JOHANNESBURG (miningweekly.com) – A fuel cell dozer that runs on hydrogen carried in liquid is expected to make a game-changing debut underground next year, Anglo American Platinum (Amplats) CEO Chris Griffith said last night.
Speaking at the fortieth African Mining Network dinner, Griffith said third generation development had already taken place on the dozer, which was powered by a liquid carrier of hydrogen, innovated to create market demand for platinum.
“This changes the game,” he said in response to Mining Weekly Online.
A drum of the hydrogen-carrying, baby-oil-resembling liquid can fuel the dozer for several days.
“This is some really cool technology,” he added.
It is poised to be taken underground for operation at a dip that has been very difficult to crack for mechanised trackless mining.
“We’re ready to put that underground in about a year’s time. The equipment’s all working and now we’re trying to put this all together so that it works as a system,” he disclosed.
While 100% mechanisation had been introduced at Amplats' opencast platinum mines, as well as with joint venture partner Glencore at Mototolo, the company did not yet have 100% mechanised operation at ultralow stoping widths, but had developed ultralow profile equipment to operate at 1.2 m.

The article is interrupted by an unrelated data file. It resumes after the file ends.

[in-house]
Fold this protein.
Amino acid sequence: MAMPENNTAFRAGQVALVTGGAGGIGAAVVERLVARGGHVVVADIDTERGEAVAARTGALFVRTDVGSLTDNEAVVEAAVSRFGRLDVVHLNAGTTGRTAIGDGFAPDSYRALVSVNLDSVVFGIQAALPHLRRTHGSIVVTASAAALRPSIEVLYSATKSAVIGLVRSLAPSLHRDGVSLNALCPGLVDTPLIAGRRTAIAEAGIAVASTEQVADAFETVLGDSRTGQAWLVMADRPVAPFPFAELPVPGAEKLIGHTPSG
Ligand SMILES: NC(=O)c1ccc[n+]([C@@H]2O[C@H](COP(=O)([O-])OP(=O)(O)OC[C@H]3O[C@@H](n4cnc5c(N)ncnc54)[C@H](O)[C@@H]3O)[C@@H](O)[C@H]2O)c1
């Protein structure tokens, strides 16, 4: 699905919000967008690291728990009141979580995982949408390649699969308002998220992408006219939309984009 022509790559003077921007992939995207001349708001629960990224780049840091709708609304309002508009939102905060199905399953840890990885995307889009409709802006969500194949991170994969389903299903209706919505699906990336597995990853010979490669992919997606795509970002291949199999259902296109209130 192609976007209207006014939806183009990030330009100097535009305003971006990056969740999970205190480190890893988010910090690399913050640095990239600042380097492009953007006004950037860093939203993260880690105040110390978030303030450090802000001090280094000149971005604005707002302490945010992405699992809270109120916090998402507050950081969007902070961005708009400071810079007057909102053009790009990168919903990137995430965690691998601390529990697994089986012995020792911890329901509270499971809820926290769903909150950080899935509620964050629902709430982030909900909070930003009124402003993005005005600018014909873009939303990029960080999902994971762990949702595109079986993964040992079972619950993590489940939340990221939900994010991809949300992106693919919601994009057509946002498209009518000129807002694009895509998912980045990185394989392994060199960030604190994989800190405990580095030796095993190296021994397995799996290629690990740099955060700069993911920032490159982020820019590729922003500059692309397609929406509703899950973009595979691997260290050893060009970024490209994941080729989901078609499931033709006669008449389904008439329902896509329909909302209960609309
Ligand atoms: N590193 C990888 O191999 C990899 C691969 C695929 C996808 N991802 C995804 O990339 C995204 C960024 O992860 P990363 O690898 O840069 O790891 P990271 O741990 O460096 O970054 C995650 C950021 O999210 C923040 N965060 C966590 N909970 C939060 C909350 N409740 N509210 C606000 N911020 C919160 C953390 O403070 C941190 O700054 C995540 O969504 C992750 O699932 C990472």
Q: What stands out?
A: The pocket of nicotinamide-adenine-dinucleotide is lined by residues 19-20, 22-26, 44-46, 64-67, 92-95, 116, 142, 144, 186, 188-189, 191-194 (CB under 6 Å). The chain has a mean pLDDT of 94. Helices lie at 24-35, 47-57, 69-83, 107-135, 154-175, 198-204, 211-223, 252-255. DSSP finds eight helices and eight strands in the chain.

This ultralow profile equipment included a roof bolter, face rig, sweeper and the fuel cell driven dozer.
“We, as an industry undoubtedly need to modernise how we mine, process and conduct our business if we aim to be both profitable and sustainable into the future. Our response as an industry has to be one that is bold, far-sighted and durable,” Griffith said.
The broader Anglo American group had the FutureSmart MiningTM strategy but no company could keep pace with today’s advances on its own, and a multi-stakeholder approach broken down into achievable goals was needed.
“We’re working towards a future that, through collaborative partnerships, will shape an industry that is safer, more sustainable and efficient, and better harmonised with the needs of host communities and society as a whole,” he said, emphasising that modernisation meant more than just mechanisation and was founded on consistent generation of acceptable returns to shareholders.
Without appropriate returns, and the subsequent attraction and retention of capital, none of the aspirations could be fulfilled.
To achieve this, the company had been on a journey in the past five years to reposition its portfolio of assets.
The company would only attain its vision of a modern mine if it worked in partnership with its employees, government, unions and nongovernmental organisations.
“This is particularly the case in how we go about upskilling and improving the lives of our current and future workforce. The industry will have fewer direct jobs, but more skilled and better-paid ones affording employees the opportunity to live with their families adjacent to the mine in towns that have decent infrastructure. This modernisation drive will create jobs in non-traditional areas such as the service industry related to equipment manufacture and servicing,” he said.
Another element of modernisation was improving relationships with the mining communities, which needed to benefit from the company’s operations in ways that extended well beyond the direct work environment to overall livelihood, health and wellbeing and to grassroots education.